In the meantime, the Government has a crucial task in effectively drafting the referendum legislation, balancing the rights of the family with the State’s responsibility for its most vulnerable in society. As a nation, we must watch closely to ensure this is done to the benefit of all our children. – Yours, etc,
Sir, – The Independent Child Death Review Group’s report indicates systemic failures at various levels in the Irish health and social services systems. These problems did not arise suddenly in 2000, but had been on-going for several years prior to this. Brian Cowen was minister for health and children from 1997 to 2000. Micheál Martin was minister for health and children from 2000 to 2004. Mary Harney was minister for health and children from 2004 to 2011. All three have enjoyed large publicly-funded salaries, expense accounts and/or pensions and gratuities.
Will the Irish taxpayer and the relatives of the 196 children who died, see any accountability for the failures that occurred under the stewardship of these ministers? – Yours, etc,
Sir, – It is ironic that on the same day (June 21st) the Government commits to protecting the rights of children, the Minister for Education and Skills is ignoring children’s rights within 1,500 “stand alone” schools.
The Forum Report on Pluralism and Patronage acknowledged that the constitutional right of children to be withdrawn from religious instruction in denominational schools is ignored and also violated by the integrated curriculum. If the Catholic Church is to be left in charge of schools where there is no other local choice, surely the State must insist that children’s rights therein are respected in return for the taxpayer funding them?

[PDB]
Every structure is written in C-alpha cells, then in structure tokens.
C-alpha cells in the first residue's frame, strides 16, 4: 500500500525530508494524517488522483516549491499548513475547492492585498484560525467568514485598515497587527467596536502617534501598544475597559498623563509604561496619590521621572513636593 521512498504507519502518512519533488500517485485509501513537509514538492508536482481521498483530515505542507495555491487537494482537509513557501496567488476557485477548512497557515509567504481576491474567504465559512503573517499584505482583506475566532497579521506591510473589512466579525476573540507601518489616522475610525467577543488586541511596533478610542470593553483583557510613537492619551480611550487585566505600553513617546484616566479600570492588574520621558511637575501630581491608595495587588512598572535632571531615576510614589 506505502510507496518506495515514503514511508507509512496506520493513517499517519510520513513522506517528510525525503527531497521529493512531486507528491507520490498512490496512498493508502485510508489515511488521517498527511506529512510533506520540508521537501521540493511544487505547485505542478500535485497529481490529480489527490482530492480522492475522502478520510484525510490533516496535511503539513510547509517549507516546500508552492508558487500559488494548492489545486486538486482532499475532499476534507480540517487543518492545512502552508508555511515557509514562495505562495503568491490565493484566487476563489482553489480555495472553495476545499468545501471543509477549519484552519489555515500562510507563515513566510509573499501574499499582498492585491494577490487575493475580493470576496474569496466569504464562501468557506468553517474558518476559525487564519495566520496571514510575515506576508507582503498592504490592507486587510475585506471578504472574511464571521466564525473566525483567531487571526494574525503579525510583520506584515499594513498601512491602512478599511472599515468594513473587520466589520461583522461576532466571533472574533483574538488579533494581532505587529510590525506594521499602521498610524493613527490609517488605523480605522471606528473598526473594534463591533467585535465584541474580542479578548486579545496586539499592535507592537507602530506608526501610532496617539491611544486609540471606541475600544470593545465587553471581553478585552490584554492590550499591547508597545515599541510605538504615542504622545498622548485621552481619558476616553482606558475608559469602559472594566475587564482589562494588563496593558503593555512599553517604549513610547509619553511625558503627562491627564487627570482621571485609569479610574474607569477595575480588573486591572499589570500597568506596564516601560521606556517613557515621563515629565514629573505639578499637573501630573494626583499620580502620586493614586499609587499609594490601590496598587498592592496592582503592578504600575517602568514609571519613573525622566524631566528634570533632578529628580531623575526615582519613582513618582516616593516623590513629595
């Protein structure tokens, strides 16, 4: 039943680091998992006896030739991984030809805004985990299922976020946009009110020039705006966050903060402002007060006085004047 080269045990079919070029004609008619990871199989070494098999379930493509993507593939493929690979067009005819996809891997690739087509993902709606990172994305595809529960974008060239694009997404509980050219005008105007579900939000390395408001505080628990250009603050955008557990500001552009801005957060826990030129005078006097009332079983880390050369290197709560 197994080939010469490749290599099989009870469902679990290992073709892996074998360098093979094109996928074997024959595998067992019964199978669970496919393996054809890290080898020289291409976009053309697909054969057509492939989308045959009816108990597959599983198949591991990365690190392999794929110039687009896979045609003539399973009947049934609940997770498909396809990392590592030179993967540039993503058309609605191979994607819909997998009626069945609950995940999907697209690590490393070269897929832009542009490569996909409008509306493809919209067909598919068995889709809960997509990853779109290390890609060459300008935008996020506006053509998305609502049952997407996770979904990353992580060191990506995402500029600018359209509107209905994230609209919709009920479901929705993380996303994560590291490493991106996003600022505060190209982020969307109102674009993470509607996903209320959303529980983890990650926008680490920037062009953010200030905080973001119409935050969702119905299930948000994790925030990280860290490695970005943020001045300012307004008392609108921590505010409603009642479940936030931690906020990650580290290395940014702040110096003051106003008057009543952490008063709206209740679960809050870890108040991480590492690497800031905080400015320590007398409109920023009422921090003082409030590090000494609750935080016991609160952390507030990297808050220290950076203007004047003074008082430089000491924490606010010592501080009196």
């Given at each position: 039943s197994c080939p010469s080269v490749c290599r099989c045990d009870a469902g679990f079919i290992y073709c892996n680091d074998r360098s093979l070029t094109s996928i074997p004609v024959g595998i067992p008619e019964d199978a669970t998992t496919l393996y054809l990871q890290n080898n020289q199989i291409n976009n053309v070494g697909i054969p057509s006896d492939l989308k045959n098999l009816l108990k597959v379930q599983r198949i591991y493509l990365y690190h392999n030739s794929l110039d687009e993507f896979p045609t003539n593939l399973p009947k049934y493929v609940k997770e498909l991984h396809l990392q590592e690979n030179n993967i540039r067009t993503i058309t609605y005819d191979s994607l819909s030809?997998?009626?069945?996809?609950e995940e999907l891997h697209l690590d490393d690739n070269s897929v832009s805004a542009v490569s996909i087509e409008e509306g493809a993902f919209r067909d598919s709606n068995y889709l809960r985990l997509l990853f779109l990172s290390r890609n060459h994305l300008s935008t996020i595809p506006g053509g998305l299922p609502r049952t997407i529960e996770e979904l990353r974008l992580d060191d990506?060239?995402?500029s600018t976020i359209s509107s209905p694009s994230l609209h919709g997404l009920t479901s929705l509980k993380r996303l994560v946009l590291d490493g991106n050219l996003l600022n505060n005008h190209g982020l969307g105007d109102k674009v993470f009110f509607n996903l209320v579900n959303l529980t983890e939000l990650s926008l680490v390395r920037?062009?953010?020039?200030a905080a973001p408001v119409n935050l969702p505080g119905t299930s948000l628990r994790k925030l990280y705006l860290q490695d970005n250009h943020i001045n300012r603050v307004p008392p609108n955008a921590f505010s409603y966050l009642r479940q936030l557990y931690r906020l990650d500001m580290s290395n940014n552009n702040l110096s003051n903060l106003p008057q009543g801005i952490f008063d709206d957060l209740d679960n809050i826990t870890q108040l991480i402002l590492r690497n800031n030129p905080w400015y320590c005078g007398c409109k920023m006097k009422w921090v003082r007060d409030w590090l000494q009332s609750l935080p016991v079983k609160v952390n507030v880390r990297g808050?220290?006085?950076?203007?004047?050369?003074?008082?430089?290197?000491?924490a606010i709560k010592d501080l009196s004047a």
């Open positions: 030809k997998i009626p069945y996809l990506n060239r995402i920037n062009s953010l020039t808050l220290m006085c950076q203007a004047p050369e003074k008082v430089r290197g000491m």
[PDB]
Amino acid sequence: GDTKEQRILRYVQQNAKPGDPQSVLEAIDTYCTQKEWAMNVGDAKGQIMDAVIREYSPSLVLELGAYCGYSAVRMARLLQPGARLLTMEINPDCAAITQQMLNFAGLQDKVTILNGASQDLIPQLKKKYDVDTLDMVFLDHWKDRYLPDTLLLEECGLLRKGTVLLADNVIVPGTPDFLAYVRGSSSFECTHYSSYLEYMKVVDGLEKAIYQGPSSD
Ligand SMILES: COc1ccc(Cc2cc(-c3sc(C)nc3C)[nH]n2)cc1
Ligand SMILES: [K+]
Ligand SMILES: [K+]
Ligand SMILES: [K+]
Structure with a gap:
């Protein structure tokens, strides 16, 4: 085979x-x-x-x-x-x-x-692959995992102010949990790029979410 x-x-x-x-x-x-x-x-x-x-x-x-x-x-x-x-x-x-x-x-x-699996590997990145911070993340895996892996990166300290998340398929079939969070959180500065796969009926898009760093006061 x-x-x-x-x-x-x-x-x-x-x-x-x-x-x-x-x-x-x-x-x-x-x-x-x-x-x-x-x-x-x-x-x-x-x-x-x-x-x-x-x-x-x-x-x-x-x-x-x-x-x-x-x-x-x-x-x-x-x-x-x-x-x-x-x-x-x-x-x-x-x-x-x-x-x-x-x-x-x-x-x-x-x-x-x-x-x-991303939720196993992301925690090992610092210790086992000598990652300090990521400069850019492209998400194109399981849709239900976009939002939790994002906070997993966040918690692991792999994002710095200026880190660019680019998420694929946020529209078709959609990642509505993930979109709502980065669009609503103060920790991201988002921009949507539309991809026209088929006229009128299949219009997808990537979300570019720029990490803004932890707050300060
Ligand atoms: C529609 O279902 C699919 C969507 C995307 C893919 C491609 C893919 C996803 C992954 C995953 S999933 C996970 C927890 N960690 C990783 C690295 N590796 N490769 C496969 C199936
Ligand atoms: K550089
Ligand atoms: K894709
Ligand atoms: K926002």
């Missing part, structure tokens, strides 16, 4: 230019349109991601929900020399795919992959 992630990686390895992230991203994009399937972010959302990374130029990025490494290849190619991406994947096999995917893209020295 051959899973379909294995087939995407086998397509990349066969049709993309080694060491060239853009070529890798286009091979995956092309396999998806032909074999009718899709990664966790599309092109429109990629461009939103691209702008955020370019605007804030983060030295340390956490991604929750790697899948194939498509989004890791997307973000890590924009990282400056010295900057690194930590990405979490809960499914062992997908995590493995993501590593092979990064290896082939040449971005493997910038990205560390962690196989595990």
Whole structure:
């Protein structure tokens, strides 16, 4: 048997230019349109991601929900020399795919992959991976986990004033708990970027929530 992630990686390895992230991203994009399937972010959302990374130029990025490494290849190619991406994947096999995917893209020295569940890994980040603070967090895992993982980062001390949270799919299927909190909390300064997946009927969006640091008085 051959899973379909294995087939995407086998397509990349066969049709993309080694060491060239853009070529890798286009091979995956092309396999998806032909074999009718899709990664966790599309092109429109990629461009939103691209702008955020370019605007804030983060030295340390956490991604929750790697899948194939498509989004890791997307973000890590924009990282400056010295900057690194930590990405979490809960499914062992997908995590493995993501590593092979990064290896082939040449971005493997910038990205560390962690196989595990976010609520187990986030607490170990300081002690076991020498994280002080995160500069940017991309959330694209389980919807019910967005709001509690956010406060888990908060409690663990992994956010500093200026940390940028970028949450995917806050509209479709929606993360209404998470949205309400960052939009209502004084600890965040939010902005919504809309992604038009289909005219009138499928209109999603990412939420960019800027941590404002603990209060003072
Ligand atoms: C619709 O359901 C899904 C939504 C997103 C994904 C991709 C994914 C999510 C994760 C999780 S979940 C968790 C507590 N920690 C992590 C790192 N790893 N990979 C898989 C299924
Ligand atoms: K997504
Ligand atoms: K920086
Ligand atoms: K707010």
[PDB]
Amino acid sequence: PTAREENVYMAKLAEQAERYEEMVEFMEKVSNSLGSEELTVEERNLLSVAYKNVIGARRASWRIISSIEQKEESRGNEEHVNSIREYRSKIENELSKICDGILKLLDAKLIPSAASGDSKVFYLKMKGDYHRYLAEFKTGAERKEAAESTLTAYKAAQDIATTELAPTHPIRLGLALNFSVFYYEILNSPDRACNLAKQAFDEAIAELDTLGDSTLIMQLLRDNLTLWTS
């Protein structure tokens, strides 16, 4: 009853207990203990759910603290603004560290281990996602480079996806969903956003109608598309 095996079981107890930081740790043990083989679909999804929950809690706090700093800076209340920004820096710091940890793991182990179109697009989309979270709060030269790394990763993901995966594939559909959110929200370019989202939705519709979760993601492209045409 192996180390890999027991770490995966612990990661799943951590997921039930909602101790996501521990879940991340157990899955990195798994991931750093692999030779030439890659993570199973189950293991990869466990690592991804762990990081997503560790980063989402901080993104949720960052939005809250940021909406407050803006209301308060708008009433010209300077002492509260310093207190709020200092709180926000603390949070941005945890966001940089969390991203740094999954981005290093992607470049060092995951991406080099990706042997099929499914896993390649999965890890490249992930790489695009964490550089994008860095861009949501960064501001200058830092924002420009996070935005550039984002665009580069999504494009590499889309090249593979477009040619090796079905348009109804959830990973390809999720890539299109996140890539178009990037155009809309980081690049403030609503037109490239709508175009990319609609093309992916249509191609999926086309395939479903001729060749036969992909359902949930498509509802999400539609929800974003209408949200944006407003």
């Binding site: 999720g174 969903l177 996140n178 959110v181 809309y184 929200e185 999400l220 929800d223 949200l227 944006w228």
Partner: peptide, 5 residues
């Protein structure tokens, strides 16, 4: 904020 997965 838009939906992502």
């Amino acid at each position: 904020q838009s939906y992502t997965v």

There is not much point in holding a constitutional referendum to promote children’s rights if their existing rights under the Constitution are flouted with impunity! – Yours, etc,
Sir, – I read with great sadness Helen Buckley’s article (Opinion, June 21st), which highlights the fact that the child protection services have not met the needs of those vulnerable children, many of whom have died, even though they were assigned to the care and protection of the HSE and others.
The words radical and reform are mentioned in the title of this article.
These words are most appropriate, given that so many children have died as a result of incompetence, negligence, and failure of duty of care by the HSE and any other parties who were responsible for these children.
So often, when something goes wrong in our country, our society, we read or hear the words, radical and reform, such as in the case of our education system, our health service, our political system, our prison system, and so forth.
Rarely are these words transformed into appropriate action although reports and findings of fact are produced.
What is obvious in this latest national scandal is the chilling fact that innocent lives have been lost.
Can we truly call 21st-century Irish society caring, inclusive, and responsible, when we have so many vulnerable children who have died in the care of the State? I think not, having read Ms Buckley’s revelatory article. – Yours, etc,